The Weston standard cell

Chapter The Weston standard cell

Teach Yourself Electricity and Electronics Third Edition Book
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Teach Yourself Electricity and Electronics Third Edition Book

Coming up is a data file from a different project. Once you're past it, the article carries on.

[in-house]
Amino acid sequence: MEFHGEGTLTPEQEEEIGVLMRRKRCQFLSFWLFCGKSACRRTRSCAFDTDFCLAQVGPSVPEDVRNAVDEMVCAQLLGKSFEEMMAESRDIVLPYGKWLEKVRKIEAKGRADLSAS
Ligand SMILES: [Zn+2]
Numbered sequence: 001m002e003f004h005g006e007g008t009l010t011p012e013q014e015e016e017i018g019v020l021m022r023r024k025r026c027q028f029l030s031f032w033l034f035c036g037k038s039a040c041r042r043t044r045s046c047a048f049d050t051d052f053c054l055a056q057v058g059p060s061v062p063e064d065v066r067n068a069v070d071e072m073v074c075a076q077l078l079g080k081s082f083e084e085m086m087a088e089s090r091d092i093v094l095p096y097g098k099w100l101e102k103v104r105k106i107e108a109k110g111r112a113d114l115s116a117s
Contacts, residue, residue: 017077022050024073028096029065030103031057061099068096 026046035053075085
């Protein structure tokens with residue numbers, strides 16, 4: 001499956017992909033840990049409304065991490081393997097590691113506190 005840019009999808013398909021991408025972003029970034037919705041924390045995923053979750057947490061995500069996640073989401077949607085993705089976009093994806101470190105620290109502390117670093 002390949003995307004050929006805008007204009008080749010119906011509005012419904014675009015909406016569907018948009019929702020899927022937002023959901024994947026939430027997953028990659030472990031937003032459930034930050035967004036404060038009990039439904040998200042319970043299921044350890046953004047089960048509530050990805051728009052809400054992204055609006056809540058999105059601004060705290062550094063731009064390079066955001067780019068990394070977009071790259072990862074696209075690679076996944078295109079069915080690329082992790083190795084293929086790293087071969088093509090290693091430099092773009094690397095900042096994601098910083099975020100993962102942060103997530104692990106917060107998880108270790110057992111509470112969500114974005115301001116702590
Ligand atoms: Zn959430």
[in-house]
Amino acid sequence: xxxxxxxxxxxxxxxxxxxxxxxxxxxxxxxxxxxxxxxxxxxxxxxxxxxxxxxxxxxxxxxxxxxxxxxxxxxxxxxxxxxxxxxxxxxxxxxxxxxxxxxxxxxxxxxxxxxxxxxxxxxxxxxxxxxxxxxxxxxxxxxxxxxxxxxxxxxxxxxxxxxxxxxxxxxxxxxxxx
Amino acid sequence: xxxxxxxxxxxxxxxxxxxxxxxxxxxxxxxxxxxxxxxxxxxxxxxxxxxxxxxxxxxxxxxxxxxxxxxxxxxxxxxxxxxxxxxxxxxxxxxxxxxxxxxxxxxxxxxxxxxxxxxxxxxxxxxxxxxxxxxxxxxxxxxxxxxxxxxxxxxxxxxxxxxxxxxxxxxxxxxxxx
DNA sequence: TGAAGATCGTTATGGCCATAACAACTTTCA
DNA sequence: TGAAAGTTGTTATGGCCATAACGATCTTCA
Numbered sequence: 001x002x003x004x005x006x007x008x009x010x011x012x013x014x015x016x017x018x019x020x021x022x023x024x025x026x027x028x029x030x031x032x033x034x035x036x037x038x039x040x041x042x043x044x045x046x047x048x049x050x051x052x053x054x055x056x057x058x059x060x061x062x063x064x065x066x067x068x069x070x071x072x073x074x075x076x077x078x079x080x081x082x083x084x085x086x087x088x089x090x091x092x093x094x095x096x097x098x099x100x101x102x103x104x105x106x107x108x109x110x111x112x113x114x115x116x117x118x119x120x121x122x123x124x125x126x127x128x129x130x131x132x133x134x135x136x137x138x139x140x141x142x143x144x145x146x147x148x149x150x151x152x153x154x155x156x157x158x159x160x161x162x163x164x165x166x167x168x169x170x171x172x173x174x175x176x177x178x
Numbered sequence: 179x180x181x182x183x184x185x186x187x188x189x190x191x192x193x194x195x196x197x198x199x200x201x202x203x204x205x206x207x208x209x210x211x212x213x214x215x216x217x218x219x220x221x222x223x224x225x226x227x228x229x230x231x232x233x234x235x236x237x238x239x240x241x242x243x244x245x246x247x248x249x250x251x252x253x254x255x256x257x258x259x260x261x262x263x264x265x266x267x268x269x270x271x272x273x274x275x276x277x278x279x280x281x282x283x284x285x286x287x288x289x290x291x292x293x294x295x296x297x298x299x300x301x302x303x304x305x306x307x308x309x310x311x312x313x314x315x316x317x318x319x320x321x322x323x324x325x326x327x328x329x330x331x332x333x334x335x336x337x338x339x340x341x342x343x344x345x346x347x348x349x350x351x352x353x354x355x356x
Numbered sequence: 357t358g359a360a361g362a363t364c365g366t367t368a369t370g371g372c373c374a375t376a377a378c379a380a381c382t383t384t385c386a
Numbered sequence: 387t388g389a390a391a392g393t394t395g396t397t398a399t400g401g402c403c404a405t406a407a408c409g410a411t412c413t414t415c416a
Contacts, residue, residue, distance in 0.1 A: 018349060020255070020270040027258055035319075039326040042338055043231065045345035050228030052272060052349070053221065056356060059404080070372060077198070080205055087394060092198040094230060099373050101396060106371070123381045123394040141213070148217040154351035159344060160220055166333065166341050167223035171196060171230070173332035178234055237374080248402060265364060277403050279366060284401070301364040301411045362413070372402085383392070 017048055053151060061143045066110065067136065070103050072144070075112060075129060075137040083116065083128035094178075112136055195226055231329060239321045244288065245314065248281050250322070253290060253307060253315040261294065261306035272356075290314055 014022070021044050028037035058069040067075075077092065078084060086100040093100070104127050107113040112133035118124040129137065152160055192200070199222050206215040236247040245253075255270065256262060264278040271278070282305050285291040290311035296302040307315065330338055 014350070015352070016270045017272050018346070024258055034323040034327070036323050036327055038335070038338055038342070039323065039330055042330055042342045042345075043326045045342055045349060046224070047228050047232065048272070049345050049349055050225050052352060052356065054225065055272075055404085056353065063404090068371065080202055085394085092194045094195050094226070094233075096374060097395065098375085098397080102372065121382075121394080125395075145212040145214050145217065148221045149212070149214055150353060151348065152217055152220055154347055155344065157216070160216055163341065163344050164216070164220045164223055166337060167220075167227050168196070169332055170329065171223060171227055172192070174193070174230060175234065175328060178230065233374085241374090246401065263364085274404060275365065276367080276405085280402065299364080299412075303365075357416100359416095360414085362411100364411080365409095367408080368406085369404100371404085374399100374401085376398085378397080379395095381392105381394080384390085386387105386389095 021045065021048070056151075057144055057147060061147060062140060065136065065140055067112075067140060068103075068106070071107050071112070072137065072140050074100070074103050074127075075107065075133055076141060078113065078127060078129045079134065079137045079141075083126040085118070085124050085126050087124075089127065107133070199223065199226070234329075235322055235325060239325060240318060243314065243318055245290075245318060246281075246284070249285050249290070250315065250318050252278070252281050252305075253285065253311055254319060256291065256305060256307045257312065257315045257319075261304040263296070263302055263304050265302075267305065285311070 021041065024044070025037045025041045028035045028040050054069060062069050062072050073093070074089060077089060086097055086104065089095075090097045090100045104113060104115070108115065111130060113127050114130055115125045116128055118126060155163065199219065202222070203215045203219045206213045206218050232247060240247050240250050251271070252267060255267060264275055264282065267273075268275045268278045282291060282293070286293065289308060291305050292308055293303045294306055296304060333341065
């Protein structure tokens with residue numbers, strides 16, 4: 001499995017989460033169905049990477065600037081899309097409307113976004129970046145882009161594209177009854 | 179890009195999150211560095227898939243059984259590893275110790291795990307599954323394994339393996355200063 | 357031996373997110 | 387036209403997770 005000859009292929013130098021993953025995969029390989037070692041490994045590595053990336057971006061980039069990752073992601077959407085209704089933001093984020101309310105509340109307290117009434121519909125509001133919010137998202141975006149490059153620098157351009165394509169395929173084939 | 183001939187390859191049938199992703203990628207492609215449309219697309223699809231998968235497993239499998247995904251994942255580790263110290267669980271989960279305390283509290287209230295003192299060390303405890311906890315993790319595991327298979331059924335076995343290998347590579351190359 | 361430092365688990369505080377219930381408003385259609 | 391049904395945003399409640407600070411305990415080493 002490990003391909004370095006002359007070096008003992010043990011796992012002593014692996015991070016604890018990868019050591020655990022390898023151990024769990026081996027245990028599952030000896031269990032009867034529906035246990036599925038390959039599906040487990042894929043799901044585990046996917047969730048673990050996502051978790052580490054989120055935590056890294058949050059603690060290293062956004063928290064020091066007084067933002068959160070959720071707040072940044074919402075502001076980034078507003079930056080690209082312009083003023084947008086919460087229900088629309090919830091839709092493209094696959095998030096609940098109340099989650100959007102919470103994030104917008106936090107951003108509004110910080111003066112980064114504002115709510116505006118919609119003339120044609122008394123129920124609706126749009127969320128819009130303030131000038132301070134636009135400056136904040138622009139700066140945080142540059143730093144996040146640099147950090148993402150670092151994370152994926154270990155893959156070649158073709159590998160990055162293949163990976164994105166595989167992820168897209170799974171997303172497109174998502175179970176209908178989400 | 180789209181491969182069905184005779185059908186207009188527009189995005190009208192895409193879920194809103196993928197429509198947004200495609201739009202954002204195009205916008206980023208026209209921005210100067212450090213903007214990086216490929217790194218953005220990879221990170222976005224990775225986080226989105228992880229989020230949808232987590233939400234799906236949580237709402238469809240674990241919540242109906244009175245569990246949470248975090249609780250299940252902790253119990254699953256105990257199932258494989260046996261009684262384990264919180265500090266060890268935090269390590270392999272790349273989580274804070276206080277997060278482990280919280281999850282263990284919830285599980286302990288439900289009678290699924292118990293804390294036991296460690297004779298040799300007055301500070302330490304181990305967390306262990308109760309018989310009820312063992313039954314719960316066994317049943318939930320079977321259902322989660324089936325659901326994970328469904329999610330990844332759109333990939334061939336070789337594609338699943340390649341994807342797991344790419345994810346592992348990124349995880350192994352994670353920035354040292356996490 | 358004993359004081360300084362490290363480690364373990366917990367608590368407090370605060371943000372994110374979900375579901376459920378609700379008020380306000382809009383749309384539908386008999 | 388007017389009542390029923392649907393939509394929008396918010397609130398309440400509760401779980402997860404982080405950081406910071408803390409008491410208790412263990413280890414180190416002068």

• Other kinds of cells, like the lead-and-acid unit depicted above, can get their chem-ical energy back again. Such a cell is a secondary cell.Primary cells include the ones you usually put in a flashlight, in a transistor radio,and in various other consumer devices. They use dry electrolyte pastes along withmetal electrodes. They go by names such as dry cell, zinc-carbon cell, alkaline cell,and others. Go into a department store and find the panel of batteries, and you’ll seevarious sizes and types of primary cells, such as AAA batteries, D batteries, camera bat-teries, and watch batteries. You should know by now that these things are cells, not truebatteries. This is a good example of a misnomer that has gotten so widespread thatstore clerks might look at you funny if you ask for a couple of cells. You’ll also see realbatteries, such as the little 9-V transistor batteries and the large 6-V lantern batteries.Secondary cells can also be found increasingly in consumer stores. Nickel-cad-mium (Ni-Cd or NICAD) cells are probably the most common. They’re available insome of the same sizes as nonrechargeable dry cells. The most common sizes are AA, C,and D. These cost several times as much as ordinary dry cells, and a charging unit alsocosts a few dollars. But if you take care of them, these rechargeable cells can be usedhundreds of times and will pay for themselves several times over if you use a lot of “bat-teries” in your everyday life.The battery in your car is made from secondary cells connected in series. These cellsrecharge from the alternator or from an outside charging unit. This battery has cells likethe one in Fig. 7-1. It is extremely dangerous to short-circuit the terminals of such a bat-tery, because the acid (sulfuric acid) can “boil” out and burn your skin and eyes.An important note is worth making here: Never short-circuit any cell or battery, be-cause it might burst or explode.The Weston standard cellMost electrochemical cells produce about 1.2 V to 1.8 V of electric potential. Differenttypes vary slightly. A mercury cell has a voltage that is a little bit less than that of azinc-carbon or alkaline cell. The voltage of a cell can also be affected by variables in themanufacturing process. Normally, this is not significant. Most consumer type dry cellscan be assumed to produce 1.5 Vdc.There are certain types of cells whose voltages are predictable and exact. These arecalled standard cells. One example of a standard cell is the Weston cell. It produces1.018 V at room temperature. This cell uses a solution of cadmium sulfate. The positiveelectrode is made from mercury sulfate, and the negative electrode is made using mer-cury and cadmium. The whole device is set up in a container as shown in Fig. 7-2.When properly constructed and used at room temperature, the voltage of the We-ston standard cell is always the same, and this allows it to be used as a dc voltage stan-dard. There are other kinds of standard cells, but the Weston cell is the most common.Storage capacityRecall that the unit of energy is the watt hour (Wh) or the kilowatt hour (kWh). Any elec-trochemical cell or battery has a certain amount of electrical energy that can be gotten120 Cells and batteries